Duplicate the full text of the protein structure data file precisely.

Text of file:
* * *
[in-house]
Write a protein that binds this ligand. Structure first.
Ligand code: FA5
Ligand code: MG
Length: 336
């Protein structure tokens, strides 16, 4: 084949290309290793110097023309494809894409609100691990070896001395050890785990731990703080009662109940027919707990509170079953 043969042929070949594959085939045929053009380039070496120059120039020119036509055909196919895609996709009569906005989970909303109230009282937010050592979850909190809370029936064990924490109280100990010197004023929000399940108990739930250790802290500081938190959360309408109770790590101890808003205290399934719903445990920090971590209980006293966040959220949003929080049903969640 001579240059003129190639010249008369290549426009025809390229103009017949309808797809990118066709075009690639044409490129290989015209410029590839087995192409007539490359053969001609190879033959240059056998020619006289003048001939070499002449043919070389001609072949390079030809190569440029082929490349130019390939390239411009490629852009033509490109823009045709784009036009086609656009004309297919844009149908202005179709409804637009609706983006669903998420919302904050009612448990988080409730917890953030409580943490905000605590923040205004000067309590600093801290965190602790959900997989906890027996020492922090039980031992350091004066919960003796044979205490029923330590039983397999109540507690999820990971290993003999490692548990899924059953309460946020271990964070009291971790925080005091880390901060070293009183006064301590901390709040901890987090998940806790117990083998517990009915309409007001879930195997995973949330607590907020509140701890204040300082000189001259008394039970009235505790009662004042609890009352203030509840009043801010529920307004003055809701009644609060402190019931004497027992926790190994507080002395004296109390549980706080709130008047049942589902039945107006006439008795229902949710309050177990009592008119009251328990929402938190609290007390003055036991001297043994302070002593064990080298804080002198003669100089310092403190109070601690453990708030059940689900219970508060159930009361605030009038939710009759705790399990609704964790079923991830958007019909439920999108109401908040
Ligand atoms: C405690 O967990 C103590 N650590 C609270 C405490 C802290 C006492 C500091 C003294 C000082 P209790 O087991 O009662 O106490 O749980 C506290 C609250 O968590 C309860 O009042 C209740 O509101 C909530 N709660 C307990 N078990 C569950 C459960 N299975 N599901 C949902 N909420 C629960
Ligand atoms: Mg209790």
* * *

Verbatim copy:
[in-house]
Write a protein that binds this ligand. Structure first.
Ligand code: FA5
Ligand code: MG
Length: 336
């Protein structure tokens, strides 16, 4: 084949290309290793110097023309494809894409609100691990070896001395050890785990731990703080009662109940027919707990509170079953 043969042929070949594959085939045929053009380039070496120059120039020119036509055909196919895609996709009569906005989970909303109230009282937010050592979850909190809370029936064990924490109280100990010197004023929000399940108990739930250790802290500081938190959360309408109770790590101890808003205290399934719903445990920090971590209980006293966040959220949003929080049903969640 001579240059003129190639010249008369290549426009025809390229103009017949309808797809990118066709075009690639044409490129290989015209410029590839087995192409007539490359053969001609190879033959240059056998020619006289003048001939070499002449043919070389001609072949390079030809190569440029082929490349130019390939390239411009490629852009033509490109823009045709784009036009086609656009004309297919844009149908202005179709409804637009609706983006669903998420919302904050009612448990988080409730917890953030409580943490905000605590923040205004000067309590600093801290965190602790959900997989906890027996020492922090039980031992350091004066919960003796044979205490029923330590039983397999109540507690999820990971290993003999490692548990899924059953309460946020271990964070009291971790925080005091880390901060070293009183006064301590901390709040901890987090998940806790117990083998517990009915309409007001879930195997995973949330607590907020509140701890204040300082000189001259008394039970009235505790009662004042609890009352203030509840009043801010529920307004003055809701009644609060402190019931004497027992926790190994507080002395004296109390549980706080709130008047049942589902039945107006006439008795229902949710309050177990009592008119009251328990929402938190609290007390003055036991001297043994302070002593064990080298804080002198003669100089310092403190109070601690453990708030059940689900219970508060159930009361605030009038939710009759705790399990609704964790079923991830958007019909439920999108109401908040
Ligand atoms: C405690 O967990 C103590 N650590 C609270 C405490 C802290 C006492 C500091 C003294 C000082 P209790 O087991 O009662 O106490 O749980 C506290 C609250 O968590 C309860 O009042 C209740 O509101 C909530 N709660 C307990 N078990 C569950 C459960 N299975 N599901 C949902 N909420 C629960
Ligand atoms: Mg209790």